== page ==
05 July 20XX
My Dear Lucilius:
July 4th has come and gone, perhaps on the most memorable July 4ths in all my years.
I have long stopped following the major news outlets and so have no actual idea of what the government “line” is this year – but if it is like years past, it is undoubtedly filled with how far we yet have to go and how only through the Government, not the People, can we be great.
This year, things felt different.
No sooner had I finished my missive to you of 02 July than a knock came at my door. It was a young woman, whom I had never before met. She said she lived over on the other side of the main road through town. Someone had decided that we needed a Fourth of July celebration. A local rancher had donated a side of beef. There would be fireworks of some kind. Would I consider coming?
The “yes” was out of my mouth before I had time to think and consider the matter. And so, the afternoon of the 4th, I got into a semi-dressed mode, the kind of which I have not worn for many years on a day not a Sunday, and headed out.
Someone had opened up what had undoubtedly been a bar in a former life, had swept the floors of the dust and washed the windows so the light could come through. Red, white, and blue bunting was hung on the walls with the American Flag.
I would guess by the crowd present that almost everyone in our 110 or so odd town came along with the some of the outlying folks. The beef was as promised and everyone, including myself, brought a side dish (I had forgotten how much I missed potato salad). A trio of a guitar, string bass, and violin played songs, mostly of the patriotic and County and Western variety.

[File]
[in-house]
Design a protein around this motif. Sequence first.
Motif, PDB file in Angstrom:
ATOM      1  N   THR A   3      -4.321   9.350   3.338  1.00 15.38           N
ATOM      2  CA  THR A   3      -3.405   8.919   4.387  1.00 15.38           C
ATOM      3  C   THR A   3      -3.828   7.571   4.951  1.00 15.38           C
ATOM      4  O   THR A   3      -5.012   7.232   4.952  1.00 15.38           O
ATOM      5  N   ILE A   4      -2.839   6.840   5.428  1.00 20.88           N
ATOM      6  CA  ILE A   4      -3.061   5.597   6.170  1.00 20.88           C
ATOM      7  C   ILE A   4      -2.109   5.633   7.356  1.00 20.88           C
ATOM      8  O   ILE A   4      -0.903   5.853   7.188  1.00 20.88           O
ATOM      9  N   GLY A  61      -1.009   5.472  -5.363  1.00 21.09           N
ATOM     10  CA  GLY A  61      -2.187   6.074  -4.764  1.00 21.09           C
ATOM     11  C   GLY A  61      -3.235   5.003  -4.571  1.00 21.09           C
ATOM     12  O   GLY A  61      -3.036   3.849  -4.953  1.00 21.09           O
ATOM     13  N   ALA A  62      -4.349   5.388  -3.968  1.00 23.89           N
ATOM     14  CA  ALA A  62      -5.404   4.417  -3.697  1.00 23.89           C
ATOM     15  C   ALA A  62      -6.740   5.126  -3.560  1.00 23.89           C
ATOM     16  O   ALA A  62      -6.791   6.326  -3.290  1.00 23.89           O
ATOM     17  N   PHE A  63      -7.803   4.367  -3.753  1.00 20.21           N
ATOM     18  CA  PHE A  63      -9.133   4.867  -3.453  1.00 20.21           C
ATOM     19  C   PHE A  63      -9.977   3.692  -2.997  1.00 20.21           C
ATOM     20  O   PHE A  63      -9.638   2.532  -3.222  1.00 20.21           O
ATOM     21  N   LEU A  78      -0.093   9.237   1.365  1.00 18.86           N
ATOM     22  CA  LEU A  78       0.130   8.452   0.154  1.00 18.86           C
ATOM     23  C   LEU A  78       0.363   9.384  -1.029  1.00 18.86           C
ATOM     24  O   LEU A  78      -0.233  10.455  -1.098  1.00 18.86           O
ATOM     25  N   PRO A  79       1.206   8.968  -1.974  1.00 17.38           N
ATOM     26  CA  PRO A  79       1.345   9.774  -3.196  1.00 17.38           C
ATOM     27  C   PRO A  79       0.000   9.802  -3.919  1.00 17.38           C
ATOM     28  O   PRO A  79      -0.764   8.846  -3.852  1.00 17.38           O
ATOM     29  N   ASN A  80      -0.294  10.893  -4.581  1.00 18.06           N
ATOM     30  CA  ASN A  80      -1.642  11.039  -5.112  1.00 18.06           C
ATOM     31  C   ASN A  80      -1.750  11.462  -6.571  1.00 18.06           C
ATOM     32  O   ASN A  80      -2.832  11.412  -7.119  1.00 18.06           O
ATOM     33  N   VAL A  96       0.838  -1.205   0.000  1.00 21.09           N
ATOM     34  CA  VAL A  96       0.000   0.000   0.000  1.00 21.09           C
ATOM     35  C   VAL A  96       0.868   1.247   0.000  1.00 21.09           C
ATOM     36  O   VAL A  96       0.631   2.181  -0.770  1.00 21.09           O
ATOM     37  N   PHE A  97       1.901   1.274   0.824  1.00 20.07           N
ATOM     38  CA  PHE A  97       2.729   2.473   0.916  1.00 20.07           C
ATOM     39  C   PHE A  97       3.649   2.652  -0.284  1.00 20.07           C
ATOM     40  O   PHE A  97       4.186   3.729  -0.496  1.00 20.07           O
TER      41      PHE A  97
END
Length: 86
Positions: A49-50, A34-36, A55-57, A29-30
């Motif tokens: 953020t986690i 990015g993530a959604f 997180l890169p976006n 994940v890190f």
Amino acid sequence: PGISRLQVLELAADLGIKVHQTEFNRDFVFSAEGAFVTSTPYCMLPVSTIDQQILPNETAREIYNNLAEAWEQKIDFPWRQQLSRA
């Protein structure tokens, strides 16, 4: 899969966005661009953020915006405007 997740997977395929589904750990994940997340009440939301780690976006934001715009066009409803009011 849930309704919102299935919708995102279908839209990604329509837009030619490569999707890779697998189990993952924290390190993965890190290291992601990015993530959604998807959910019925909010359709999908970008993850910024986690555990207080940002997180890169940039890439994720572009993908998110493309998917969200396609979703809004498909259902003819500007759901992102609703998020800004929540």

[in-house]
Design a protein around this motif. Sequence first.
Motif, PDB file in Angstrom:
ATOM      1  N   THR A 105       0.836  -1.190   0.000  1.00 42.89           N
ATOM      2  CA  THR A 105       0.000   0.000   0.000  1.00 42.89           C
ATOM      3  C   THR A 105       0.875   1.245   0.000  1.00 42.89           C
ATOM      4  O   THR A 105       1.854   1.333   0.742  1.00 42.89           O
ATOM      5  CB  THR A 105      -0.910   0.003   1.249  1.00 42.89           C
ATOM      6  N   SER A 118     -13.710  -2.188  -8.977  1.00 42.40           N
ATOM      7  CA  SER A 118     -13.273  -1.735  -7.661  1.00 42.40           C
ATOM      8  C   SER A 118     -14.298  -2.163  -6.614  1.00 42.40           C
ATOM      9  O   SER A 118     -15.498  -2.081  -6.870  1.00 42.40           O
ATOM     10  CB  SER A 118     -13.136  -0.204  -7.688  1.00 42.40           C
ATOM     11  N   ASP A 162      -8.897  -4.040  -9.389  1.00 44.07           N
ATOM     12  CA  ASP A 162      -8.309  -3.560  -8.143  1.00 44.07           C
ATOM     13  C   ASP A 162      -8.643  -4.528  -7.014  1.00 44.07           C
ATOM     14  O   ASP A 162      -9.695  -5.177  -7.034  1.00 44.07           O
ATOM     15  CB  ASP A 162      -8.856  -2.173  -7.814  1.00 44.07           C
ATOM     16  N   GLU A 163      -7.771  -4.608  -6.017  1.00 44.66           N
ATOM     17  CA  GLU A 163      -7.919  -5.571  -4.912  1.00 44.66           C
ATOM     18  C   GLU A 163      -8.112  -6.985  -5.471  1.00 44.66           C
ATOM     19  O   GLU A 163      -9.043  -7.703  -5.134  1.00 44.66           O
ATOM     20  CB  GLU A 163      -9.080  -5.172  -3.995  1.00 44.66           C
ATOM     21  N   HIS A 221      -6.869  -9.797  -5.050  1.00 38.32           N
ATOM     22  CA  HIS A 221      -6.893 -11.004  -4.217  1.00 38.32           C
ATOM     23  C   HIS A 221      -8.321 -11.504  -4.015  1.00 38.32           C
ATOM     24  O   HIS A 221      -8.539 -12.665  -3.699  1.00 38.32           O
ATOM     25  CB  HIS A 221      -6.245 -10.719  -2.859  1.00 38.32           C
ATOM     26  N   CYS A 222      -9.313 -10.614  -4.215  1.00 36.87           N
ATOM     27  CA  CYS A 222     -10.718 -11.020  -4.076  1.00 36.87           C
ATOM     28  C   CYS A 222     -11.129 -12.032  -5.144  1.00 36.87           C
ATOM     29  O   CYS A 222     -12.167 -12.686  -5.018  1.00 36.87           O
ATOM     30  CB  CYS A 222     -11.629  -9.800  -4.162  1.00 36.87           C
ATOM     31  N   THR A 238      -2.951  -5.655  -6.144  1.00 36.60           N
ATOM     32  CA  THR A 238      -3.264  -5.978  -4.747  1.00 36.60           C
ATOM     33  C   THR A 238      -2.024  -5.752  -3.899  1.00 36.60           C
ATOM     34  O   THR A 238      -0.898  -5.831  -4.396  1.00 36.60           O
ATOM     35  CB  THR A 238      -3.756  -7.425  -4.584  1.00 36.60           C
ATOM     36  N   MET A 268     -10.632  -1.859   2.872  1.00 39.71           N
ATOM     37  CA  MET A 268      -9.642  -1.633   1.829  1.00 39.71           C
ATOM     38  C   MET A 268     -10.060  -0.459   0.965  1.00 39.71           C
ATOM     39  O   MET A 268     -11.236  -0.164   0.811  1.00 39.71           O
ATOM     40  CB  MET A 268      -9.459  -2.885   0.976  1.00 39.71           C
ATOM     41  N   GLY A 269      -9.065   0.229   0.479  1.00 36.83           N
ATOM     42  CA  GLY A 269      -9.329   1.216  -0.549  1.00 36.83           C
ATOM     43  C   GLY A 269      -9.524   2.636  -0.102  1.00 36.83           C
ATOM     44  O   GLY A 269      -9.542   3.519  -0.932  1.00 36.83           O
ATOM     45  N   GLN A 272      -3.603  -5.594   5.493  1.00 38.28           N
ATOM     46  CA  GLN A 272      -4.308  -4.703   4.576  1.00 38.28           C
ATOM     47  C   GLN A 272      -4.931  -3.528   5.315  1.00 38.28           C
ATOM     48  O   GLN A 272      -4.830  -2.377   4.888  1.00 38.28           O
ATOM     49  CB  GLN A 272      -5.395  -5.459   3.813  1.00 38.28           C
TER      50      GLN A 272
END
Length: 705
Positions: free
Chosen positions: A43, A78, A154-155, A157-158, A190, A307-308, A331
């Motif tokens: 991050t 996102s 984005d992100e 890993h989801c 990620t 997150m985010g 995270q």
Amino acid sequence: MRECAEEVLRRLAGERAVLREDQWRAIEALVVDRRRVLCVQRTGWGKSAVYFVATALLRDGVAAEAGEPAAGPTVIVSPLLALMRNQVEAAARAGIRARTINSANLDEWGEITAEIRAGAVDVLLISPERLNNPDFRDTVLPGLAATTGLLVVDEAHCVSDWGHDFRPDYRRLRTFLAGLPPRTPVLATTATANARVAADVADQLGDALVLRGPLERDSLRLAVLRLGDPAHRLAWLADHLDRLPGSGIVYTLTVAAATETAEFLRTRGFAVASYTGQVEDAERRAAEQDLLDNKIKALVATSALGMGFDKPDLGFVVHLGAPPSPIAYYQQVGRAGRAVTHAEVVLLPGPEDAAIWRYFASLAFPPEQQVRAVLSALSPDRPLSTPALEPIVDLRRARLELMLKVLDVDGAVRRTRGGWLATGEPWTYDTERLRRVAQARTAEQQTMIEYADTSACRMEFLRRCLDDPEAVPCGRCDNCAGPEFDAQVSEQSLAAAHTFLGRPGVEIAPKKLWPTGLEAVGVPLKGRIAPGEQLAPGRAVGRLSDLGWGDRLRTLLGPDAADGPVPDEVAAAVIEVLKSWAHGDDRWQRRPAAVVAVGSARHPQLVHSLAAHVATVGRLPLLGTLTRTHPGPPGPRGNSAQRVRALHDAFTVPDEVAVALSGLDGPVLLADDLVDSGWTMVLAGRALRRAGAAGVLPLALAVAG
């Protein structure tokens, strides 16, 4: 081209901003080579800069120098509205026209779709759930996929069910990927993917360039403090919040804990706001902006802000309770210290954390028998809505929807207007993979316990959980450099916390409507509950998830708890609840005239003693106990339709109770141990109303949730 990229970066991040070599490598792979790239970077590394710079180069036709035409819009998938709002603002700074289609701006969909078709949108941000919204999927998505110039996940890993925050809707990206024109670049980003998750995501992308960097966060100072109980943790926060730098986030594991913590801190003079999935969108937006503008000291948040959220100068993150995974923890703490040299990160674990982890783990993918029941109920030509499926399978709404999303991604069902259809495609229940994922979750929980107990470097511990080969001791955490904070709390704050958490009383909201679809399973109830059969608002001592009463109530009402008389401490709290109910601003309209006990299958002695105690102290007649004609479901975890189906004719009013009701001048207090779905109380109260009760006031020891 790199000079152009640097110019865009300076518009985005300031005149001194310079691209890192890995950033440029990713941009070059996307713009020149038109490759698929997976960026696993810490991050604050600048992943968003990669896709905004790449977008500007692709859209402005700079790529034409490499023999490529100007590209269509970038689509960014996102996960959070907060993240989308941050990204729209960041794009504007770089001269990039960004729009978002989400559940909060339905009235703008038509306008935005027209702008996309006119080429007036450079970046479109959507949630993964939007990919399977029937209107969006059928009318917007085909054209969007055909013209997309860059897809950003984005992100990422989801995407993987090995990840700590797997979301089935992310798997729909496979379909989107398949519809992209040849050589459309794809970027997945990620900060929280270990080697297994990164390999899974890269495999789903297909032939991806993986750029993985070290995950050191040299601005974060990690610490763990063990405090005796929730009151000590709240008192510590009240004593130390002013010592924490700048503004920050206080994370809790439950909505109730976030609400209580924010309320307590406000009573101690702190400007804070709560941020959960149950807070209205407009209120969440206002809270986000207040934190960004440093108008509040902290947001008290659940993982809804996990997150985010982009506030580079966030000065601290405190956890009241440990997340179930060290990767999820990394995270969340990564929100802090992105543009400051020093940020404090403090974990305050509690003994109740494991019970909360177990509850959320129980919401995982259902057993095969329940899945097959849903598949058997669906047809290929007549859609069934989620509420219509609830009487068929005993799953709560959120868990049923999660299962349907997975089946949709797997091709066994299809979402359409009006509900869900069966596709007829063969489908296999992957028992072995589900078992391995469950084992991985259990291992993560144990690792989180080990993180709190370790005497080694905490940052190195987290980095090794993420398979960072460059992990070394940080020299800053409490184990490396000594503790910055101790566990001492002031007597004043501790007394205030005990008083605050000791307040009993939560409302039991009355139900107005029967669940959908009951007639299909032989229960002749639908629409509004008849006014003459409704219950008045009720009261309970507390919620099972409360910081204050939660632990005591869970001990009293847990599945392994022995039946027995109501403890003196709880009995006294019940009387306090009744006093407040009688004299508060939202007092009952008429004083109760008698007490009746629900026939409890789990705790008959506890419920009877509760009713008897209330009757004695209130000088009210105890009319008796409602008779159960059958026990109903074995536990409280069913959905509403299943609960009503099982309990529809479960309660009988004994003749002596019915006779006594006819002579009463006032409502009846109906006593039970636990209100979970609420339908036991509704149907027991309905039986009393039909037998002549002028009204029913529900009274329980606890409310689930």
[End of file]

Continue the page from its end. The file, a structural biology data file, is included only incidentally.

You would be rather proud of me – I conversed with a number of individuals. I met my neighbors down the road. I found another person that kept bees. And mostly against my own better judgment, I had a beer.
The fireworks were for the most party for the children and consisted of those “safe and sane” fireworks which are even now illegal in most places – but were appropriately enjoyed by all none the less. They also had sparklers, and everyone got at least one to wave in the dying light.
This is my country Lucilius: People celebrating their country, the fact they are free and, among other freedoms, have the ability to associate unmolested by the government. There was no discussion of current events or what the future might hold: instead, just citizens celebrating who they are are.
It was glorious.
America may be in trouble, but it seems the American spirit is as alive and well as it ever was.
Your Obedient Servant, Seneca